Taken together, the corruption scandal and the reported rift at the top of Ukraine’s power structure will do nothing to restore or sustain western confidence about whether Ukraine has a credible pathway to avoiding defeat, let alone to achieving victory. Without such confidence, more aid looks increasingly doubtful.
Without real headway being made in the fight against corruption, the broadly pro-western and pro-European constituency from which Zelensky draws most of his support is also likely to weaken. A European future will look less attractive to people who see western support as simply propping up a corrupt elite.
And even if, as is likely, support for European and transatlantic integration will remain high, Zelensky may no longer be seen as its only or most likely champion.
Corruption, therefore, remains central to Ukraine’s existential crisis. It is not the only problem that the country faces, and objectively it may not even be the biggest one. What makes it so critical for Ukraine to fight corruption more effectively, and to be seen to do so, is that corruption and the perception of corruption exacerbates other problems and undermines critical domestic and western support.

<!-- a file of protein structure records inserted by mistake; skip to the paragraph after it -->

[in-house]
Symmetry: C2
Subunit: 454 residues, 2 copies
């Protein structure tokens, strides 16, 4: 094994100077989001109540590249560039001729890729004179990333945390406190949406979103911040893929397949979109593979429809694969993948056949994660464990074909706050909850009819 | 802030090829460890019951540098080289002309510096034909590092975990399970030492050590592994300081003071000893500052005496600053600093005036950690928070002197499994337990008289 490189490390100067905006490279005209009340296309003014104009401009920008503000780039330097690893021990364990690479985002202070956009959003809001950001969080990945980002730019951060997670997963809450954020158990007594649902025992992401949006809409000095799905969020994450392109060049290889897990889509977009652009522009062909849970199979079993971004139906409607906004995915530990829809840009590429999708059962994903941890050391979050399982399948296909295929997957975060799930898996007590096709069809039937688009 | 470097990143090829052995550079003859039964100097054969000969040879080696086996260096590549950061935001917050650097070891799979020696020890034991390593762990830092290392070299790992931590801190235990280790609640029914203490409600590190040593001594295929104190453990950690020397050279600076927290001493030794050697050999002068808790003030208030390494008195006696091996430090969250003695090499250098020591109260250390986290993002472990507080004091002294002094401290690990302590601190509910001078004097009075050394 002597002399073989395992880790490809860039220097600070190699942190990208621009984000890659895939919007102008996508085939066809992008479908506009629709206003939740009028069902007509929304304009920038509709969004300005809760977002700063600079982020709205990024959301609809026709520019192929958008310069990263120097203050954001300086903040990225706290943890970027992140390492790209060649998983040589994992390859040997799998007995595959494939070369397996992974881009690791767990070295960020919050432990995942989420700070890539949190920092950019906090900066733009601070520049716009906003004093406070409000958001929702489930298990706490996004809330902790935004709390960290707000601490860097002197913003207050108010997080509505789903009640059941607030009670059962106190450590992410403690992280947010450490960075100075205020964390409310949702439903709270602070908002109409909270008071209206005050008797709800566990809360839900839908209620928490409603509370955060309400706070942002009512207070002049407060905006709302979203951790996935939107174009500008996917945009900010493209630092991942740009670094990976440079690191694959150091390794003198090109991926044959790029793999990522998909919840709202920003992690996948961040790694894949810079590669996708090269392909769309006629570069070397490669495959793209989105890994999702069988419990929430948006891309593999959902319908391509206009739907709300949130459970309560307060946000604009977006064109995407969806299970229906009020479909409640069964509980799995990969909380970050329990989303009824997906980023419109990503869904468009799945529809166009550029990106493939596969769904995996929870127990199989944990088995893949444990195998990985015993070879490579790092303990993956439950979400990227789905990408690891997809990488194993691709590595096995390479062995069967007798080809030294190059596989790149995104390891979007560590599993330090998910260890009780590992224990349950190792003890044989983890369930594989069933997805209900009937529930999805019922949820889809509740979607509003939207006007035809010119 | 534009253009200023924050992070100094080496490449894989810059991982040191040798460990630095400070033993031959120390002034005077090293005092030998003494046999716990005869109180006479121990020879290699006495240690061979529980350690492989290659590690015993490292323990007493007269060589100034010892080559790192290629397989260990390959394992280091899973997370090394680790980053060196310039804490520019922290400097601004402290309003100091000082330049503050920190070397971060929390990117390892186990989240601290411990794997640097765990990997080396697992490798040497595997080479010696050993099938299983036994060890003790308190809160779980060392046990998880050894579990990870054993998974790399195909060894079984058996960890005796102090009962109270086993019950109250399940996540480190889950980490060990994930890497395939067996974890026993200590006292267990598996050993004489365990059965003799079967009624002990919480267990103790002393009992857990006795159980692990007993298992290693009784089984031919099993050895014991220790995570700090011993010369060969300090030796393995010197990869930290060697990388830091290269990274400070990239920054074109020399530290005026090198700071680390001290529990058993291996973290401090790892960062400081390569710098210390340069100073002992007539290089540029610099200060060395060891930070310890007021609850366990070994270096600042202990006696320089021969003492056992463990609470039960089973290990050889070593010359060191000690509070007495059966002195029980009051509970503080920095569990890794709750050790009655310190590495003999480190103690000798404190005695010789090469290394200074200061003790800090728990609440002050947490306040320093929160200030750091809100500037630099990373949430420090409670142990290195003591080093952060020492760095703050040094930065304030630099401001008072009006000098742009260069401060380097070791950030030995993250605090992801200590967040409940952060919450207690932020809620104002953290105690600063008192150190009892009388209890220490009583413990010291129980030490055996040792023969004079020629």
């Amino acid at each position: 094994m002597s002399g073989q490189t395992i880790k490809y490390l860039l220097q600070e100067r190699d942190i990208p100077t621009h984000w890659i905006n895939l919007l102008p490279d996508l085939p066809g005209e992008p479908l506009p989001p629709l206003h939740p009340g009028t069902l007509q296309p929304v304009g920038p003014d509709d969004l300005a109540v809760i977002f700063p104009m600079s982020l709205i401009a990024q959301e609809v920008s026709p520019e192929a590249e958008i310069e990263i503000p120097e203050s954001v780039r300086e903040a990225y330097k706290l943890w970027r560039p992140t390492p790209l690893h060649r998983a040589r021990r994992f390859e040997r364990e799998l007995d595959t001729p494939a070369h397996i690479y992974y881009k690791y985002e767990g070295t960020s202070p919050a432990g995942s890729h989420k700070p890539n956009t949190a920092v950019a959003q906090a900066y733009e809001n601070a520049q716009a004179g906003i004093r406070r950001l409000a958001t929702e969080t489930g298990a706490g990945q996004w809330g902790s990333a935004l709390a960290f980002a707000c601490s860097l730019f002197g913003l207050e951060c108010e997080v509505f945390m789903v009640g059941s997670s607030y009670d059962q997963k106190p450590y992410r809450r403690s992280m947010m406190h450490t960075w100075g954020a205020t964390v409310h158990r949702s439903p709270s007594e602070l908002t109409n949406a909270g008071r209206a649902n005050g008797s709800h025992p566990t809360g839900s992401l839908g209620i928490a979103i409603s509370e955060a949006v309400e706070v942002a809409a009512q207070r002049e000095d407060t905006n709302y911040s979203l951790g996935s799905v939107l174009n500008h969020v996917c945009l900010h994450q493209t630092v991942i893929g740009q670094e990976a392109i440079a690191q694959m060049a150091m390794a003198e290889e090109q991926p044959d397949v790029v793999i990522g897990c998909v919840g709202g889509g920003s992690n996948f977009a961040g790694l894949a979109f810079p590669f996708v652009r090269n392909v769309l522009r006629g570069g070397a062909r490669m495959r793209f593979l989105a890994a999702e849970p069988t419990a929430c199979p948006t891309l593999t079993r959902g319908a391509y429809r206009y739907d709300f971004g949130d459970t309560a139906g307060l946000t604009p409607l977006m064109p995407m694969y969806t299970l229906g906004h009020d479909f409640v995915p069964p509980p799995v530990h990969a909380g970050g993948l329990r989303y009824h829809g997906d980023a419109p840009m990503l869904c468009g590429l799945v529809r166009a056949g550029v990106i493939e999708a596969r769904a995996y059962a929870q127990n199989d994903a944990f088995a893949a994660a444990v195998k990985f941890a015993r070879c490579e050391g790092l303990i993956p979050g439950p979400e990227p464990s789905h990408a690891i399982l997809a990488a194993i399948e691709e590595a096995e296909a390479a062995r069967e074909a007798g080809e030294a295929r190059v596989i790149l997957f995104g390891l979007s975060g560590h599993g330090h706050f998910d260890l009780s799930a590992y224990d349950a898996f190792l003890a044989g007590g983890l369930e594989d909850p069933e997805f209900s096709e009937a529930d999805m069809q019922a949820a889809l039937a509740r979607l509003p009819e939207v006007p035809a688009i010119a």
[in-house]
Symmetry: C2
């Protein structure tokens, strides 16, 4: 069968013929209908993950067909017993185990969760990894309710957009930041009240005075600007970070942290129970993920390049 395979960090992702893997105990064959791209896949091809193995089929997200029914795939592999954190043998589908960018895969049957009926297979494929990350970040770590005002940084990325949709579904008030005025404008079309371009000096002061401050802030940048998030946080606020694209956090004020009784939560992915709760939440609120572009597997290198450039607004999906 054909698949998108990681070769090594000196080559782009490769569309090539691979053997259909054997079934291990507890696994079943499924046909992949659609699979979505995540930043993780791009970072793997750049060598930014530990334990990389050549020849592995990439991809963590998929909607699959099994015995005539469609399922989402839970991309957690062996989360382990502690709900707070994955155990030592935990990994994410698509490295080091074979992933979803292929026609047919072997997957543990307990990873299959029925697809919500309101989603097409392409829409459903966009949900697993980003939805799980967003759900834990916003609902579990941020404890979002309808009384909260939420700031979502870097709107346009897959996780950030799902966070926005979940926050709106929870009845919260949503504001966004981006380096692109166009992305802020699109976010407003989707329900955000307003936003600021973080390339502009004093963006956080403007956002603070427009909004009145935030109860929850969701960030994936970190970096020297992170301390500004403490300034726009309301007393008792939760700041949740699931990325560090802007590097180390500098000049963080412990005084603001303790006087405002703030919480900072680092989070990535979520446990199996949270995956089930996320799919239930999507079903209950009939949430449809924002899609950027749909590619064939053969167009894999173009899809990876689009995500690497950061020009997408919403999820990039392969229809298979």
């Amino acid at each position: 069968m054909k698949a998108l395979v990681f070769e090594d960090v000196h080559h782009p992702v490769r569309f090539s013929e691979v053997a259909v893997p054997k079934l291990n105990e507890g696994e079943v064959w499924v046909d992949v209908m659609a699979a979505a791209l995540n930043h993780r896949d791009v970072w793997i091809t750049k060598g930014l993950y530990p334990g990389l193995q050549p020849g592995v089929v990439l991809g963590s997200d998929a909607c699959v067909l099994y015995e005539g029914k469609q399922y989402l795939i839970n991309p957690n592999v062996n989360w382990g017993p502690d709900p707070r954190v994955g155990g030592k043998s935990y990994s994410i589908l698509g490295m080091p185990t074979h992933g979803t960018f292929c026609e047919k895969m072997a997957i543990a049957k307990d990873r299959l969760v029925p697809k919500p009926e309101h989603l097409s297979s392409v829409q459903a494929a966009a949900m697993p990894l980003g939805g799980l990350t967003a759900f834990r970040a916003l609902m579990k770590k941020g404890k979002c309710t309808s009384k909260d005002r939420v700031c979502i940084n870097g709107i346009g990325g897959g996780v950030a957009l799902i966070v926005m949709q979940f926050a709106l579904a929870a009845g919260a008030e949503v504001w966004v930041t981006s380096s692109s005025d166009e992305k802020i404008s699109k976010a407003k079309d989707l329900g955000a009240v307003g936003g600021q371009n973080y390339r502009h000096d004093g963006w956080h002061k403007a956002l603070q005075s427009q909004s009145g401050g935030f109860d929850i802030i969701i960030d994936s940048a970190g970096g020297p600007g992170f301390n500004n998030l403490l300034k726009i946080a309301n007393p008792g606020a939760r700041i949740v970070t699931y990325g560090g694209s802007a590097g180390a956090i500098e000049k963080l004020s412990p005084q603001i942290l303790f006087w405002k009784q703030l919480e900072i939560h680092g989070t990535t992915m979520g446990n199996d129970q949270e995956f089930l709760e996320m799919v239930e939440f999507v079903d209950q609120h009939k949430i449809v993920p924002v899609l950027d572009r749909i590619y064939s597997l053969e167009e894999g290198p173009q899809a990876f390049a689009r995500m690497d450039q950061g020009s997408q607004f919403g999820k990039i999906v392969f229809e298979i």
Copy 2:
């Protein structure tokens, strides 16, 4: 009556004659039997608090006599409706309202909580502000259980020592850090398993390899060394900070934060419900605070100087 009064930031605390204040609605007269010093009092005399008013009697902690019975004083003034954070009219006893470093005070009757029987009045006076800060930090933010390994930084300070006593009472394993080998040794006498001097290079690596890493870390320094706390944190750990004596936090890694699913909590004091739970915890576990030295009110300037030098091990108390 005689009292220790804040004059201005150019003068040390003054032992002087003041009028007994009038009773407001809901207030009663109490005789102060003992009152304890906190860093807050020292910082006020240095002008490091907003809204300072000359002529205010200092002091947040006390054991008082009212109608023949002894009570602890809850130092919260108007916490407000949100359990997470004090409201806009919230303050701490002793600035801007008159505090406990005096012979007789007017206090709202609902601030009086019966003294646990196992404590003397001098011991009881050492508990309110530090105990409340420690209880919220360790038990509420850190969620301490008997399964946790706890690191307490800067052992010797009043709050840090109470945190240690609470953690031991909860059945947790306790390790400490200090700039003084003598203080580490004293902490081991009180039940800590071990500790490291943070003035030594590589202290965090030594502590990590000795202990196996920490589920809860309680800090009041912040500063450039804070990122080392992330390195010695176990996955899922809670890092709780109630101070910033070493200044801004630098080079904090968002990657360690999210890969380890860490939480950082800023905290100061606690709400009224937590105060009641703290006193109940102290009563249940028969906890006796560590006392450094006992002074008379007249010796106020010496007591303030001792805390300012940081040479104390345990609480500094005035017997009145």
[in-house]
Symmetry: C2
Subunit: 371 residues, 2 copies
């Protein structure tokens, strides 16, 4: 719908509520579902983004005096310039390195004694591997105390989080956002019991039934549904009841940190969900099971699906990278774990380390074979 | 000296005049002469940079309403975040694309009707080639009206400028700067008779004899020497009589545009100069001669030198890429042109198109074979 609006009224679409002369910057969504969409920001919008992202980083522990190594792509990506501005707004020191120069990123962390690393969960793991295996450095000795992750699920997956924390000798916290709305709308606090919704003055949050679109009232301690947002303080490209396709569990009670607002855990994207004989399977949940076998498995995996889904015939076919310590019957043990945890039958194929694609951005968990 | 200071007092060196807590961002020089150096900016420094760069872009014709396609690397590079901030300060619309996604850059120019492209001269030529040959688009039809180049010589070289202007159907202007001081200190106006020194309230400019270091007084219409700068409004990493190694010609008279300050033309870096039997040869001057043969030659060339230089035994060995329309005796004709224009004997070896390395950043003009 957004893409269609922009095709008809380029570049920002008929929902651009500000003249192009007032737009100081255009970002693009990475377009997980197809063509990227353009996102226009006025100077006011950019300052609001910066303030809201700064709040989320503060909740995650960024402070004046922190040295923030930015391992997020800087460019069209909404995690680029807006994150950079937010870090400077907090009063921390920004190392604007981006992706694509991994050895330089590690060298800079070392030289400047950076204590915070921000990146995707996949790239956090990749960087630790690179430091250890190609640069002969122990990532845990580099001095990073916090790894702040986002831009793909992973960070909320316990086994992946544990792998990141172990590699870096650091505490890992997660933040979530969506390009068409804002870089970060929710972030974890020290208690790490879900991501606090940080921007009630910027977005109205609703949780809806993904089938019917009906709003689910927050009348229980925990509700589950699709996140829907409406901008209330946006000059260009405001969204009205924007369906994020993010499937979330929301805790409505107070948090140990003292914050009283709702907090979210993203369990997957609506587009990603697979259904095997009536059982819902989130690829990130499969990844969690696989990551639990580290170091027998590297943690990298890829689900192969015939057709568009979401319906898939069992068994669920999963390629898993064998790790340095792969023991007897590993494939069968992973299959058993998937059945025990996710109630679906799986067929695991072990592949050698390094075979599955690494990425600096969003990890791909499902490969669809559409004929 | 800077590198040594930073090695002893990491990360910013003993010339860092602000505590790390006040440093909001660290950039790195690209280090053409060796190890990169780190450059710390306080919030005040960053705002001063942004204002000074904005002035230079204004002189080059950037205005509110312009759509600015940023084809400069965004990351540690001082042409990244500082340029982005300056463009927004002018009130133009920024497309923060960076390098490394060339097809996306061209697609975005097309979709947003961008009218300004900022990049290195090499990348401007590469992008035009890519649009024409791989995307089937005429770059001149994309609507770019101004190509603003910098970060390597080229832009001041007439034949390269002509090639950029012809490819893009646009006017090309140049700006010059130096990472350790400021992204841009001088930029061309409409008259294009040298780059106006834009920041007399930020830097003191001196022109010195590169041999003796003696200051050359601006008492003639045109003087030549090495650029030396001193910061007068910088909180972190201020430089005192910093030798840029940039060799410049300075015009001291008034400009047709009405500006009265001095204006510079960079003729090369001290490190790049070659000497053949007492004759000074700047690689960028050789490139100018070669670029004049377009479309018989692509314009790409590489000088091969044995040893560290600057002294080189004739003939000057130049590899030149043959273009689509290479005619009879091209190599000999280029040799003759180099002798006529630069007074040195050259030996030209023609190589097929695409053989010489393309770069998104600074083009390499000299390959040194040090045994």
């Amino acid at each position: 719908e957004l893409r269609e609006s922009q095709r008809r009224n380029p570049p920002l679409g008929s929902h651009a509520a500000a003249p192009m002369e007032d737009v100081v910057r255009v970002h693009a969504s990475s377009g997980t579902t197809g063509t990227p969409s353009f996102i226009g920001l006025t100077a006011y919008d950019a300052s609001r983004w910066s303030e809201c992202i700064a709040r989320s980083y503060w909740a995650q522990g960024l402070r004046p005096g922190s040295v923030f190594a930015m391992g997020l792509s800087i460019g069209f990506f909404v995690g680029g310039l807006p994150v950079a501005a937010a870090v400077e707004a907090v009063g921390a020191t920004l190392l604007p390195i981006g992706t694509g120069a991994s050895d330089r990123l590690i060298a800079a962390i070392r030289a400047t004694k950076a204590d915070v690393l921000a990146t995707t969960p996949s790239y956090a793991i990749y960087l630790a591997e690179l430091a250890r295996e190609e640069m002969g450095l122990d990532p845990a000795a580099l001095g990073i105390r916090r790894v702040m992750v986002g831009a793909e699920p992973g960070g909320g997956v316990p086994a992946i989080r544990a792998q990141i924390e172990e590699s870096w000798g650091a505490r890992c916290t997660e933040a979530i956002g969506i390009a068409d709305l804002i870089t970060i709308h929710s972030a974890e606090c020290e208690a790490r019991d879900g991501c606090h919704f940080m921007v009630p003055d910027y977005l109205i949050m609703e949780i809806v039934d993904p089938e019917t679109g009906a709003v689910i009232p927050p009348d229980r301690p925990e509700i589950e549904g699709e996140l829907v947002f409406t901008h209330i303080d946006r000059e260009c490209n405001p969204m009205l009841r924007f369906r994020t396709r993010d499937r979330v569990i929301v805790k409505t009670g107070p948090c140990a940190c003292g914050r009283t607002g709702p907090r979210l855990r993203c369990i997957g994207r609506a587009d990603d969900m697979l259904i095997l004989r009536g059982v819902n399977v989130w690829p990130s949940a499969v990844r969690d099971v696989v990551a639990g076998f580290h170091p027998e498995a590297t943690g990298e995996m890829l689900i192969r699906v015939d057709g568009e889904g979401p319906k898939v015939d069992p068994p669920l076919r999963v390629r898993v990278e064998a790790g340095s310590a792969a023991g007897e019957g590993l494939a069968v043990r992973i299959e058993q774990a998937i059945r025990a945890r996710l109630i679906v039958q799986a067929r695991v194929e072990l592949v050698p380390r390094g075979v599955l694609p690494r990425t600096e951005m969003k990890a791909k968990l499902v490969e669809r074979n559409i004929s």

On its own hence, corruption is unlikely to break Ukraine. But in the midst of a war, it may be the final straw that breaks the country – because of the knock-on effects at home and abroad.
Stefan Wolff is a past recipient of grant funding from the Natural Environment Research Council of the UK, the United States Institute of Peace, the Economic and Social Research Council of the UK, the British Academy, the NATO Science for Peace Programme, the EU Framework Programmes 6 and 7 and Horizon 2020, as well as the EU's Jean Monnet Programme. He is a Trustee and Honorary Treasurer of the Political Studies Association of the UK and a Senior Research Fellow at the Foreign Policy Centre in London.
Tetyana Malyarenko does not work for, consult, own shares in or receive funding from any company or organisation that would benefit from this article, and has disclosed no relevant affiliations beyond their academic appointment.